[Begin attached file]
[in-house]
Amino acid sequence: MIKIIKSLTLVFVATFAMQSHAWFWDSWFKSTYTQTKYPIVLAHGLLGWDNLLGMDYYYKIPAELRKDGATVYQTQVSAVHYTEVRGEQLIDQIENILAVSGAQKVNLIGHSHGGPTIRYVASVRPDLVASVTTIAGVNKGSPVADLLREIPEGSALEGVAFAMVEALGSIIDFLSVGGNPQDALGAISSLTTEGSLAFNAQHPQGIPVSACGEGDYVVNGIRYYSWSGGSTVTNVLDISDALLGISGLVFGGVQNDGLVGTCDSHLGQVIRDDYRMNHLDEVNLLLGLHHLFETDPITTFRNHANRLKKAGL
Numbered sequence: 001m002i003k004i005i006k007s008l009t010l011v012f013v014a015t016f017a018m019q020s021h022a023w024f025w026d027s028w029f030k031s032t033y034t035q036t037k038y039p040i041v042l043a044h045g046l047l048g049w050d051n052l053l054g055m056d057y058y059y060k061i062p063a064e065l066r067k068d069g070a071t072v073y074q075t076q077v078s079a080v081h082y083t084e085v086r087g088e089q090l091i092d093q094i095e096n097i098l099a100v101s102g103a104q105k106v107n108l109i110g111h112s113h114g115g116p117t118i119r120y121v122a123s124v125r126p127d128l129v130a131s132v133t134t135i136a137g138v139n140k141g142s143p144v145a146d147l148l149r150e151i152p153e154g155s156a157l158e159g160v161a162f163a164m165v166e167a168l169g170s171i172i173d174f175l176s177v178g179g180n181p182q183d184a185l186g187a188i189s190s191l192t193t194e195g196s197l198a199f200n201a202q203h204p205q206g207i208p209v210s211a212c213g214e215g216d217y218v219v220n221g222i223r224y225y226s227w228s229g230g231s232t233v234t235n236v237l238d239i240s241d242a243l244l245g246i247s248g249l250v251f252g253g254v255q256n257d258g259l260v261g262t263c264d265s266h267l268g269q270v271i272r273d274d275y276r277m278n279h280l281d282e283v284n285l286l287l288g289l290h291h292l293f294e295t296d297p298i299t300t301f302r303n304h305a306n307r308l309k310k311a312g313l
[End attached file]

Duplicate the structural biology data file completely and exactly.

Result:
[in-house]
Amino acid sequence: MIKIIKSLTLVFVATFAMQSHAWFWDSWFKSTYTQTKYPIVLAHGLLGWDNLLGMDYYYKIPAELRKDGATVYQTQVSAVHYTEVRGEQLIDQIENILAVSGAQKVNLIGHSHGGPTIRYVASVRPDLVASVTTIAGVNKGSPVADLLREIPEGSALEGVAFAMVEALGSIIDFLSVGGNPQDALGAISSLTTEGSLAFNAQHPQGIPVSACGEGDYVVNGIRYYSWSGGSTVTNVLDISDALLGISGLVFGGVQNDGLVGTCDSHLGQVIRDDYRMNHLDEVNLLLGLHHLFETDPITTFRNHANRLKKAGL
Numbered sequence: 001m002i003k004i005i006k007s008l009t010l011v012f013v014a015t016f017a018m019q020s021h022a023w024f025w026d027s028w029f030k031s032t033y034t035q036t037k038y039p040i041v042l043a044h045g046l047l048g049w050d051n052l053l054g055m056d057y058y059y060k061i062p063a064e065l066r067k068d069g070a071t072v073y074q075t076q077v078s079a080v081h082y083t084e085v086r087g088e089q090l091i092d093q094i095e096n097i098l099a100v101s102g103a104q105k106v107n108l109i110g111h112s113h114g115g116p117t118i119r120y121v122a123s124v125r126p127d128l129v130a131s132v133t134t135i136a137g138v139n140k141g142s143p144v145a146d147l148l149r150e151i152p153e154g155s156a157l158e159g160v161a162f163a164m165v166e167a168l169g170s171i172i173d174f175l176s177v178g179g180n181p182q183d184a185l186g187a188i189s190s191l192t193t194e195g196s197l198a199f200n201a202q203h204p205q206g207i208p209v210s211a212c213g214e215g216d217y218v219v220n221g222i223r224y225y226s227w228s229g230g231s232t233v234t235n236v237l238d239i240s241d242a243l244l245g246i247s248g249l250v251f252g253g254v255q256n257d258g259l260v261g262t263c264d265s266h267l268g269q270v271i272r273d274d275y276r277m278n279h280l281d282e283v284n285l286l287l288g289l290h291h292l293f294e295t296d297p298i299t300t301f302r303n304h305a306n307r308l309k310k311a312g313l